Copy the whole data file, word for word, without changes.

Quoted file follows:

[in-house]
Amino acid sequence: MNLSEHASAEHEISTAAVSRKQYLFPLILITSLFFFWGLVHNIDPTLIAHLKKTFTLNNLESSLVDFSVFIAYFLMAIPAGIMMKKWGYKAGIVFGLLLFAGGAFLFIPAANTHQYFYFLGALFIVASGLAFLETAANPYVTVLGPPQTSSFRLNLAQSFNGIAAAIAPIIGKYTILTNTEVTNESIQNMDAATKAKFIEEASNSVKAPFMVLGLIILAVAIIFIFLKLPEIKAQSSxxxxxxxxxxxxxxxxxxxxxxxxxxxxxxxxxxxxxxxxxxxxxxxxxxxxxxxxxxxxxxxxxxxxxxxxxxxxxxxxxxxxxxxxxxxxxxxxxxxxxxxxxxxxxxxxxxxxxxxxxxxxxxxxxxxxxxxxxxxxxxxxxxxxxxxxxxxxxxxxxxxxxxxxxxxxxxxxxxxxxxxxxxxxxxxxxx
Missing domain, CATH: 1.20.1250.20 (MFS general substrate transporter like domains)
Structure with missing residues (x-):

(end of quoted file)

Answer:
[in-house]
Amino acid sequence: MNLSEHASAEHEISTAAVSRKQYLFPLILITSLFFFWGLVHNIDPTLIAHLKKTFTLNNLESSLVDFSVFIAYFLMAIPAGIMMKKWGYKAGIVFGLLLFAGGAFLFIPAANTHQYFYFLGALFIVASGLAFLETAANPYVTVLGPPQTSSFRLNLAQSFNGIAAAIAPIIGKYTILTNTEVTNESIQNMDAATKAKFIEEASNSVKAPFMVLGLIILAVAIIFIFLKLPEIKAQSSxxxxxxxxxxxxxxxxxxxxxxxxxxxxxxxxxxxxxxxxxxxxxxxxxxxxxxxxxxxxxxxxxxxxxxxxxxxxxxxxxxxxxxxxxxxxxxxxxxxxxxxxxxxxxxxxxxxxxxxxxxxxxxxxxxxxxxxxxxxxxxxxxxxxxxxxxxxxxxxxxxxxxxxxxxxxxxxxxxxxxxxxxxxxxxxxxx
Missing domain, CATH: 1.20.1250.20 (MFS general substrate transporter like domains)
Structure with missing residues (x-):